There are three possible scenarios when it comes to knife cleaning and sanitation The first and most common one is using a knife for a specific purpose. The second scenario is using a knife for more than one thing, The third scenario is an uncommon one is when multiple people use a knife.
The first and most common one is using a knife for a specific purpose. If you are the only person using that knife and you’ve used it to cut meat alone, then it’s safe to say you should only clean it after you use it.
The second scenario is using a knife for more than one thing. You are still the only person using that knife, but this time you want to cut two different types of food like red meat and fish. You need to wash your knife when you finish with red meat – before you use it to cut fish. If you are using it for more things (e.g., meat, fish, poultry, and more) you need to wash it in between each one. It’s best to use different cutting boards for each food as well.
The third scenario, an uncommon one, is when multiple people use a knife. Because you don’t know when the knife was last sanitized (or if they did a good job) you need to clean it before you use it. The first and second scenario rules still apply: Clean it in between different types of food and after you finish using it.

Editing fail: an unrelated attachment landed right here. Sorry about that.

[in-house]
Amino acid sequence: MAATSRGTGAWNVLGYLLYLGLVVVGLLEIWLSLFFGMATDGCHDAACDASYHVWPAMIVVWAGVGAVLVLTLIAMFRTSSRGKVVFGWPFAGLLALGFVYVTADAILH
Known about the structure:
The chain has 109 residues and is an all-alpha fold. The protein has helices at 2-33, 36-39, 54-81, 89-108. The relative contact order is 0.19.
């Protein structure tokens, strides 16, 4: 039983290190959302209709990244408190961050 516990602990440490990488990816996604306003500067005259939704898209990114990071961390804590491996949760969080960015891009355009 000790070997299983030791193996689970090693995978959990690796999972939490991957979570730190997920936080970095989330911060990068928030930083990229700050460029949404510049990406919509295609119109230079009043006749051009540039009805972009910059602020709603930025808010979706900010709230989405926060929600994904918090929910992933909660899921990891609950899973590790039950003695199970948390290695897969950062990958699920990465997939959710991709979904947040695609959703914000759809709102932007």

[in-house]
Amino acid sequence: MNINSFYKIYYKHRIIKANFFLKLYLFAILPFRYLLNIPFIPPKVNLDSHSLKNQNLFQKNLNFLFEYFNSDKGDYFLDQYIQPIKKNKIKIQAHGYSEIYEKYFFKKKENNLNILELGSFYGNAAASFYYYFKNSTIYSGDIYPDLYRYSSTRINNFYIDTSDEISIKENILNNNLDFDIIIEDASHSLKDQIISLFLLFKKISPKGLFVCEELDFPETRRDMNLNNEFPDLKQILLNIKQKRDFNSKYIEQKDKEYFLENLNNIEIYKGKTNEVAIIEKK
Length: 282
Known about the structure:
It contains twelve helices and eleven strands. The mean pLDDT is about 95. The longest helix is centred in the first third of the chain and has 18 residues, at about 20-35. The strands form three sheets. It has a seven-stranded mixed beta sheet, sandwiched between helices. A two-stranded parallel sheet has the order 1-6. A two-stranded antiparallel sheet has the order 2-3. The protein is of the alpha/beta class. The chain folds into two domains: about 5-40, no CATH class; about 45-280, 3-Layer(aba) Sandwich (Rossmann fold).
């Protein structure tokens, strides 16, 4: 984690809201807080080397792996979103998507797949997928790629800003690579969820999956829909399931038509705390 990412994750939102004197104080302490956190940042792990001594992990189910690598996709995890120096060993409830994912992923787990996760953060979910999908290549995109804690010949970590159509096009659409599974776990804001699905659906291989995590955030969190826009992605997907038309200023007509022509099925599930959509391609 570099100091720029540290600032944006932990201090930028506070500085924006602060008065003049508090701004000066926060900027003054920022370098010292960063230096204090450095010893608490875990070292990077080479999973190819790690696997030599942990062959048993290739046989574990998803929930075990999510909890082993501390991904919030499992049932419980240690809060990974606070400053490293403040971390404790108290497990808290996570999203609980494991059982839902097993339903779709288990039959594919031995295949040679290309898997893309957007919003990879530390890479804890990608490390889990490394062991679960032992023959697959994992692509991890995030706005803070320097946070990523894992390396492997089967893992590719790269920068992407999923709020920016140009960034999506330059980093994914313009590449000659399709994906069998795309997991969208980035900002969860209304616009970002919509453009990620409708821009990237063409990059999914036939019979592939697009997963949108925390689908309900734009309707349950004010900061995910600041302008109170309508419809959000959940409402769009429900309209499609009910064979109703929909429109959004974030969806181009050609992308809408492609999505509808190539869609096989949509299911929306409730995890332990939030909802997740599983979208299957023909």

Why is it important to clean and sanitize knives?
Saying that dirty knives are dangerous seems rather extreme. But the truth is, it is. If you don’t properly clean and sanitize your knives you can kill someone. Cross-contamination (what happens when you don’t properly clean your knives between each use) is a dangerous and potentially lethal problem.
If you don’t clean your knives properly, you can easily transfer viruses and bacteria from one food to another. And even if most viruses and bacteria die past a certain temperature (e.g., cooking temperatures) you can potentially harm someone when you cut something that does not need to go over the fire.